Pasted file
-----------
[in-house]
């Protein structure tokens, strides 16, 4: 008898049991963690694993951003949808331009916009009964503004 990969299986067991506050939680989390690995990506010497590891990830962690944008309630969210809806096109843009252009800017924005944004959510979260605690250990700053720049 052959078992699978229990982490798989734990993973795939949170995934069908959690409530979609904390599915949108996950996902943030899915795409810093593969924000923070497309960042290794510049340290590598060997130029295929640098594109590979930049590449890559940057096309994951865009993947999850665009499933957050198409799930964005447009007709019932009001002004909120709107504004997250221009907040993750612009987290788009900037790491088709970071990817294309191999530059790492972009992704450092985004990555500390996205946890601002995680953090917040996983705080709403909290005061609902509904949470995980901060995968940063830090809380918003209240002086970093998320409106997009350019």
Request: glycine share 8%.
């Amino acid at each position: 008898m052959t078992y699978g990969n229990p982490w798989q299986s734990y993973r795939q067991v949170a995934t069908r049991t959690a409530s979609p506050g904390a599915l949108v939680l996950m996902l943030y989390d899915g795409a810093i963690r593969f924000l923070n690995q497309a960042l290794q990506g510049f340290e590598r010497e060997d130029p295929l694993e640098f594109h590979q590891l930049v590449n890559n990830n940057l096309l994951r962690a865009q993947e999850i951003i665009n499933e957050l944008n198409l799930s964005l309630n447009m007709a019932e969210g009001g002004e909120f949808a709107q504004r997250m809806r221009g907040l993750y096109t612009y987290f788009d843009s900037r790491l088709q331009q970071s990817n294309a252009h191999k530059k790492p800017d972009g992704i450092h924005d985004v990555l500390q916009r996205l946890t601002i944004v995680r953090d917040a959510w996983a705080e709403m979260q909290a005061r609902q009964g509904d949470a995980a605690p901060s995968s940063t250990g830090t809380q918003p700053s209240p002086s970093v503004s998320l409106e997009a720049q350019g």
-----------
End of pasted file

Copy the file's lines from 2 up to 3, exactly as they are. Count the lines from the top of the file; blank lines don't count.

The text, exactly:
């Protein structure tokens, strides 16, 4: 008898049991963690694993951003949808331009916009009964503004 990969299986067991506050939680989390690995990506010497590891990830962690944008309630969210809806096109843009252009800017924005944004959510979260605690250990700053720049 052959078992699978229990982490798989734990993973795939949170995934069908959690409530979609904390599915949108996950996902943030899915795409810093593969924000923070497309960042290794510049340290590598060997130029295929640098594109590979930049590449890559940057096309994951865009993947999850665009499933957050198409799930964005447009007709019932009001002004909120709107504004997250221009907040993750612009987290788009900037790491088709970071990817294309191999530059790492972009992704450092985004990555500390996205946890601002995680953090917040996983705080709403909290005061609902509904949470995980901060995968940063830090809380918003209240002086970093998320409106997009350019």
Request: glycine share 8%.